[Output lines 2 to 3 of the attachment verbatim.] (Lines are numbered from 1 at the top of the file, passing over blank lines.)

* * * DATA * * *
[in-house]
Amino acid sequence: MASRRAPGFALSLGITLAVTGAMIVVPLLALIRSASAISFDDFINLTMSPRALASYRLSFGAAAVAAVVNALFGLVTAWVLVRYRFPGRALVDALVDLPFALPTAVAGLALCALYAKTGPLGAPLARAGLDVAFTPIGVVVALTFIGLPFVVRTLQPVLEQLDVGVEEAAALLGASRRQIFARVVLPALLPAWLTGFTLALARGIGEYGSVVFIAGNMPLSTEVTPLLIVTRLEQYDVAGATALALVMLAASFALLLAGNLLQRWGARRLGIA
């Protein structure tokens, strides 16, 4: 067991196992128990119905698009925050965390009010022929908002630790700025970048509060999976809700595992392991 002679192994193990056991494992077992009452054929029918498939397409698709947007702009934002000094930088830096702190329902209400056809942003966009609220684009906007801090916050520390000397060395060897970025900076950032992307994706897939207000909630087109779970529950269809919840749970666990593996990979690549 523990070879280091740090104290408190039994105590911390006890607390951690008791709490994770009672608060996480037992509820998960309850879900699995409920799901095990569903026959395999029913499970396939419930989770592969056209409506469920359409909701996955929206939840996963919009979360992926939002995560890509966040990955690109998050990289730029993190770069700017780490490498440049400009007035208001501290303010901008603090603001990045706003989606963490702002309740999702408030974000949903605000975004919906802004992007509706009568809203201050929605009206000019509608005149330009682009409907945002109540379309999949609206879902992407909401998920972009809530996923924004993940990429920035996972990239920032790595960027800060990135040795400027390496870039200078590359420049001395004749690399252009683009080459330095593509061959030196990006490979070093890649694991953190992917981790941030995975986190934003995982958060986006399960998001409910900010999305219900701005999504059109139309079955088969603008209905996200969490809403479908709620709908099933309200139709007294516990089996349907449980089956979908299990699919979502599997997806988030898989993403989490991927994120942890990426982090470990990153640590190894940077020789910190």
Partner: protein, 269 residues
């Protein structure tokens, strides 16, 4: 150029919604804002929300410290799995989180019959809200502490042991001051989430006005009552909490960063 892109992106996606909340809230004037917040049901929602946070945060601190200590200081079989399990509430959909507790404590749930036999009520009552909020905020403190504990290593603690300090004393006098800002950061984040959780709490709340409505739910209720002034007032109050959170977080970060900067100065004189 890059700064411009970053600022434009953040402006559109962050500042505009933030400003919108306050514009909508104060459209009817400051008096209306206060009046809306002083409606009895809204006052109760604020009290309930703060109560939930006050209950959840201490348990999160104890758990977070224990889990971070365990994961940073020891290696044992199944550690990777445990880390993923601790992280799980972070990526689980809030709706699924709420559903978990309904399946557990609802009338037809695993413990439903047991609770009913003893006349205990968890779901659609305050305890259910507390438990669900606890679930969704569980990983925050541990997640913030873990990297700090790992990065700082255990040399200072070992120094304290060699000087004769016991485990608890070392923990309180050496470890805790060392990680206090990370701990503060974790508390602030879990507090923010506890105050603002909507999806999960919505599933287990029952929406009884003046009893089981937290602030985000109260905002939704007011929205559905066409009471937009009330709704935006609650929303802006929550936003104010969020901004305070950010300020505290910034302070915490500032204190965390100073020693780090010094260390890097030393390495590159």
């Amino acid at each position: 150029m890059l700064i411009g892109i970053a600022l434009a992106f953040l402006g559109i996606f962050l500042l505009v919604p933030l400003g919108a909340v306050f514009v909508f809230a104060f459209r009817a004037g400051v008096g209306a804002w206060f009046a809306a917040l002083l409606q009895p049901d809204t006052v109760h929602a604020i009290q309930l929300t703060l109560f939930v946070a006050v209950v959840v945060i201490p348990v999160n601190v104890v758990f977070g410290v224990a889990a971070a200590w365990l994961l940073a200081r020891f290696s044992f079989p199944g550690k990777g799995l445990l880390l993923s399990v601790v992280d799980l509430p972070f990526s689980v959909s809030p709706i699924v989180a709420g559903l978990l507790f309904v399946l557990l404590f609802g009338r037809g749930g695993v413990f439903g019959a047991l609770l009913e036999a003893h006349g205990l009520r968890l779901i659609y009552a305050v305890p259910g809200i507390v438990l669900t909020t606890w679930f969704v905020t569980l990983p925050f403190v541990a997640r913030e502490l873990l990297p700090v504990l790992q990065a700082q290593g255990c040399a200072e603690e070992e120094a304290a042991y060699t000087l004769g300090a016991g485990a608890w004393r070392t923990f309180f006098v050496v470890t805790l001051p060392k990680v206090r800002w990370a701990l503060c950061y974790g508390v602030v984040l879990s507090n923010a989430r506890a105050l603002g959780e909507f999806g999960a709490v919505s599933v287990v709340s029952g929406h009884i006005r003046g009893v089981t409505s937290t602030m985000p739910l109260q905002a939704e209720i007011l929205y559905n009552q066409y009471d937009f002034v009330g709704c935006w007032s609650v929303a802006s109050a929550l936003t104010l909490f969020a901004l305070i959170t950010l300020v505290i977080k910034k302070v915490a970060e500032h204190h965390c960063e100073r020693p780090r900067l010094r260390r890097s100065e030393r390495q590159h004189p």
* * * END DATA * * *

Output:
Amino acid sequence: MASRRAPGFALSLGITLAVTGAMIVVPLLALIRSASAISFDDFINLTMSPRALASYRLSFGAAAVAAVVNALFGLVTAWVLVRYRFPGRALVDALVDLPFALPTAVAGLALCALYAKTGPLGAPLARAGLDVAFTPIGVVVALTFIGLPFVVRTLQPVLEQLDVGVEEAAALLGASRRQIFARVVLPALLPAWLTGFTLALARGIGEYGSVVFIAGNMPLSTEVTPLLIVTRLEQYDVAGATALALVMLAASFALLLAGNLLQRWGARRLGIA
């Protein structure tokens, strides 16, 4: 067991196992128990119905698009925050965390009010022929908002630790700025970048509060999976809700595992392991 002679192994193990056991494992077992009452054929029918498939397409698709947007702009934002000094930088830096702190329902209400056809942003966009609220684009906007801090916050520390000397060395060897970025900076950032992307994706897939207000909630087109779970529950269809919840749970666990593996990979690549 523990070879280091740090104290408190039994105590911390006890607390951690008791709490994770009672608060996480037992509820998960309850879900699995409920799901095990569903026959395999029913499970396939419930989770592969056209409506469920359409909701996955929206939840996963919009979360992926939002995560890509966040990955690109998050990289730029993190770069700017780490490498440049400009007035208001501290303010901008603090603001990045706003989606963490702002309740999702408030974000949903605000975004919906802004992007509706009568809203201050929605009206000019509608005149330009682009409907945002109540379309999949609206879902992407909401998920972009809530996923924004993940990429920035996972990239920032790595960027800060990135040795400027390496870039200078590359420049001395004749690399252009683009080459330095593509061959030196990006490979070093890649694991953190992917981790941030995975986190934003995982958060986006399960998001409910900010999305219900701005999504059109139309079955088969603008209905996200969490809403479908709620709908099933309200139709007294516990089996349907449980089956979908299990699919979502599997997806988030898989993403989490991927994120942890990426982090470990990153640590190894940077020789910190």